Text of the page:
How is bicuspid aortic valve disease diagnosed?
Individuals experiencing symptoms such as shortness of breath typically begin with their family doctor, who will perform a physical examination that includes listening to the person's heart. When the patient’s symptoms and the sounds heard on the cardiac exam raise the suspicion of bicuspid aortic valve disease, the patient needs to be referred to a specialist in valvular heart disease.
At Cleveland Clinic Heart and Vascular Institute, specialists use echocardiography (heart ultrasound), transesophageal echocardiography (an up-close heart ultrasound performed through the esophagus), CT scans, and magnetic resonance imaging (MRI) of the heart to evaluate the heart, valves and aorta.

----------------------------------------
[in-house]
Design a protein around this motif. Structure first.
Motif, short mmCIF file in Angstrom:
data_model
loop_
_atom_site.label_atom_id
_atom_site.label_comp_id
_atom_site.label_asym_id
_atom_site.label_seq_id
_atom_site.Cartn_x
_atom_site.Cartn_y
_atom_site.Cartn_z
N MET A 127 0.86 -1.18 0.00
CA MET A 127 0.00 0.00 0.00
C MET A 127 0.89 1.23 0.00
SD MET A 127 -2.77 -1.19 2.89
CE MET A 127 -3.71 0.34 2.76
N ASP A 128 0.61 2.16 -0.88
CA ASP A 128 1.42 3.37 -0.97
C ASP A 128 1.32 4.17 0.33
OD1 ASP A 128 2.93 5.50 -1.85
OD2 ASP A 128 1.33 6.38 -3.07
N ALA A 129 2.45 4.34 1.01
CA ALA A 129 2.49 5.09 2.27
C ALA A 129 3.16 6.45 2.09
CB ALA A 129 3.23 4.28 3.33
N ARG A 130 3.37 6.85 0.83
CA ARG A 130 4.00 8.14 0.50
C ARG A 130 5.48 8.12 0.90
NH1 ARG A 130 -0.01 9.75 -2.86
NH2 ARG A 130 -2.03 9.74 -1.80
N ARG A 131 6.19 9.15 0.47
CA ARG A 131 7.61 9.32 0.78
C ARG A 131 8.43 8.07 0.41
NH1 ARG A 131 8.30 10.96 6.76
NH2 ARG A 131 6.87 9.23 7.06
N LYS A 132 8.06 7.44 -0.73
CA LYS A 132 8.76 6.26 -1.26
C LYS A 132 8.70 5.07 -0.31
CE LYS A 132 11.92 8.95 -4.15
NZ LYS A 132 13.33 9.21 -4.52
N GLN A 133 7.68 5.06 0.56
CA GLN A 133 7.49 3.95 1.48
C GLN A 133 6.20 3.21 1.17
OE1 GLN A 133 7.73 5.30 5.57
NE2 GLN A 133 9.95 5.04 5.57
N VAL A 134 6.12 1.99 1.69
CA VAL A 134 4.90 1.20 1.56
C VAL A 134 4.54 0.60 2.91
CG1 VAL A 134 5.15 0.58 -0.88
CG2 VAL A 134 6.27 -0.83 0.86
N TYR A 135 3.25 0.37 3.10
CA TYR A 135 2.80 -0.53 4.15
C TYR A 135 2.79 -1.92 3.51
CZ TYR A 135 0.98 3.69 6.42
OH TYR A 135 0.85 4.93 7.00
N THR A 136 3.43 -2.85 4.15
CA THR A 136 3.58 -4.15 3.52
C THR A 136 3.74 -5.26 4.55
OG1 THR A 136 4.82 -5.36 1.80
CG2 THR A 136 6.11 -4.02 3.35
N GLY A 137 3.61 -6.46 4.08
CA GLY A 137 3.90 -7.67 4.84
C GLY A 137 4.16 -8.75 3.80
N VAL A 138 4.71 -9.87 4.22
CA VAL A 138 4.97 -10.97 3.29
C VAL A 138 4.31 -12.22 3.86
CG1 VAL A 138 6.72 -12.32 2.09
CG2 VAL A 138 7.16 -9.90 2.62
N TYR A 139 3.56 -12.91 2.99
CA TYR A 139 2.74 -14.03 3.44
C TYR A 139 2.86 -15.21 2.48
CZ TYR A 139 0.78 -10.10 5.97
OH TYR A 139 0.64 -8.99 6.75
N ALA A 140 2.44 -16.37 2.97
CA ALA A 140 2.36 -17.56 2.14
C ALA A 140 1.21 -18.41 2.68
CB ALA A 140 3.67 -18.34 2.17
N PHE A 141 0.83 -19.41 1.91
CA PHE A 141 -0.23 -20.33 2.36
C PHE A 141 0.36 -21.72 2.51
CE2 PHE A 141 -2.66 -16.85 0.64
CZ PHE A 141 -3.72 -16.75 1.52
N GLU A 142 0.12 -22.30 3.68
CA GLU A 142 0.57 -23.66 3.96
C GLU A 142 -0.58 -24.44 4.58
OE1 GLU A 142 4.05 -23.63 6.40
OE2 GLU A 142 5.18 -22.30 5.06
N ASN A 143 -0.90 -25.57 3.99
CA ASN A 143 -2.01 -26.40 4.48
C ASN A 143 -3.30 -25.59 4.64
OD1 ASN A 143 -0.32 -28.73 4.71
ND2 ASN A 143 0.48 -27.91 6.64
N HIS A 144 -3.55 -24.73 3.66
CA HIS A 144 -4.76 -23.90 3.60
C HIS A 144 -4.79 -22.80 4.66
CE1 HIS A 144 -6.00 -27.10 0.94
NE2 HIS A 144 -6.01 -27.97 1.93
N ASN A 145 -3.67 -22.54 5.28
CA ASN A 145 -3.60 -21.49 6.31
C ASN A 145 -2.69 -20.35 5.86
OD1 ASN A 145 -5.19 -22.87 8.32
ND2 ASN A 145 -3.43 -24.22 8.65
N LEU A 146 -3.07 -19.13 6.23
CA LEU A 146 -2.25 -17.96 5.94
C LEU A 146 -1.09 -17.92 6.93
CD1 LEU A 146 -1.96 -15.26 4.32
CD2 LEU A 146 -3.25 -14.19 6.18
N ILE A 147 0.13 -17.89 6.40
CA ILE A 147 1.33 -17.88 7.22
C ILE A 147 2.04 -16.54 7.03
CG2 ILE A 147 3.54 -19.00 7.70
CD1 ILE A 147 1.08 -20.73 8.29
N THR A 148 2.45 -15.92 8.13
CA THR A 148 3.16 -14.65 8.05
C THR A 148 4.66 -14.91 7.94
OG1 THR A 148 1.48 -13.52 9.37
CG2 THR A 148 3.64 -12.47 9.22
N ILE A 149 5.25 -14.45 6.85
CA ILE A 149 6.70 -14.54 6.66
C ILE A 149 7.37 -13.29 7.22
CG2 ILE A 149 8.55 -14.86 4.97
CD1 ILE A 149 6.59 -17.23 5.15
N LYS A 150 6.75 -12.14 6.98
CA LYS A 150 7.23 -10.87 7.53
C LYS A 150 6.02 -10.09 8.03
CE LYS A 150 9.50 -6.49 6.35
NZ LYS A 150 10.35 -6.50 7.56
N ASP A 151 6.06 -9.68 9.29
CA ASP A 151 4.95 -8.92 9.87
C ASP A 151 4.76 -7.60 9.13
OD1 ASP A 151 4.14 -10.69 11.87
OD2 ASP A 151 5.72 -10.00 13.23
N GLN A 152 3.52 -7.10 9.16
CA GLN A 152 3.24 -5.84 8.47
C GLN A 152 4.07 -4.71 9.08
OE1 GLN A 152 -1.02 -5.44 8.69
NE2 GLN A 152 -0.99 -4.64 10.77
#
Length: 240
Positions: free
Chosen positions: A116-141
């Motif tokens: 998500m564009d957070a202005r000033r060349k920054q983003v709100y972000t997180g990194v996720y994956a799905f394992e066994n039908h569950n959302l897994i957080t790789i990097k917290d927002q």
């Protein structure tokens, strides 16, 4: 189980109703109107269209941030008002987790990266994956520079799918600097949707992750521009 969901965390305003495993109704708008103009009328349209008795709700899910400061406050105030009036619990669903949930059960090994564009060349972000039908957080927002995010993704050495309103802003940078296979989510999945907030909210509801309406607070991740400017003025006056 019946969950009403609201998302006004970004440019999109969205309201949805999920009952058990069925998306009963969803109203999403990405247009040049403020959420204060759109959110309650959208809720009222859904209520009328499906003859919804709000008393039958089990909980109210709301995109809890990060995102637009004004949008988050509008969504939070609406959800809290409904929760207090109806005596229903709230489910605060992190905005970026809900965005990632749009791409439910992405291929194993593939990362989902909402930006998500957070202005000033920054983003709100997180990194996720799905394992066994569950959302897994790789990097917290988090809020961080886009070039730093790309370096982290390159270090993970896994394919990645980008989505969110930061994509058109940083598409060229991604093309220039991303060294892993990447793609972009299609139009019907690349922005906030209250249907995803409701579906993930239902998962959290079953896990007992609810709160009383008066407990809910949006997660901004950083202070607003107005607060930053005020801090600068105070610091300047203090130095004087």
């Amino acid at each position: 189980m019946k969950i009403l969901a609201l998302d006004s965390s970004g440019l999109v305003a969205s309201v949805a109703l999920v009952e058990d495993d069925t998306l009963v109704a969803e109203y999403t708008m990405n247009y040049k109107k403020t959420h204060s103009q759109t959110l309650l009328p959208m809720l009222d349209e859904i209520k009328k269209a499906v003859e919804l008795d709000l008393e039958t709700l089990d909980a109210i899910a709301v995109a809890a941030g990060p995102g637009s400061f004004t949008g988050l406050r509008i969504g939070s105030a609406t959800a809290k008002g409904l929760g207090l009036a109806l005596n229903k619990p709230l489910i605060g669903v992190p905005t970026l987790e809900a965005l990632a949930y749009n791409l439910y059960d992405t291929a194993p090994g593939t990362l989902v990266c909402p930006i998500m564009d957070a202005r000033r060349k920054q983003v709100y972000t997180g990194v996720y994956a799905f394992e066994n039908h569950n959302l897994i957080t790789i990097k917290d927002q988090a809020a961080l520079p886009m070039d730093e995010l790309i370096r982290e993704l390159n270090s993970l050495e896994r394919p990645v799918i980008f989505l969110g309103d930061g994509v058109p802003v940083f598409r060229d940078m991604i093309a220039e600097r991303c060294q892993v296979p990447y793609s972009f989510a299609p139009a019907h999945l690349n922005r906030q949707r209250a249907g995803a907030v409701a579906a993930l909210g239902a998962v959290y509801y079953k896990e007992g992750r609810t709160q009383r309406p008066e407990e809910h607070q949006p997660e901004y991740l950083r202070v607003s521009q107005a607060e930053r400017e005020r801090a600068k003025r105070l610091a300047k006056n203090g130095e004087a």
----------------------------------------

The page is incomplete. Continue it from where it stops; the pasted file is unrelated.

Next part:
Other tests such as an electrocardiogram (to test the heart’s electrical activity) or coronary angiography (an X-ray of the heart's blood vessels using a special dye) can help diagnose other problems with the heart and arteries that may be associated with bicuspid aortic valve disease. Cleveland Clinic specialists also evaluate patients with BAVD for aneurysms, coronary artery disease and heart rhythm disorders.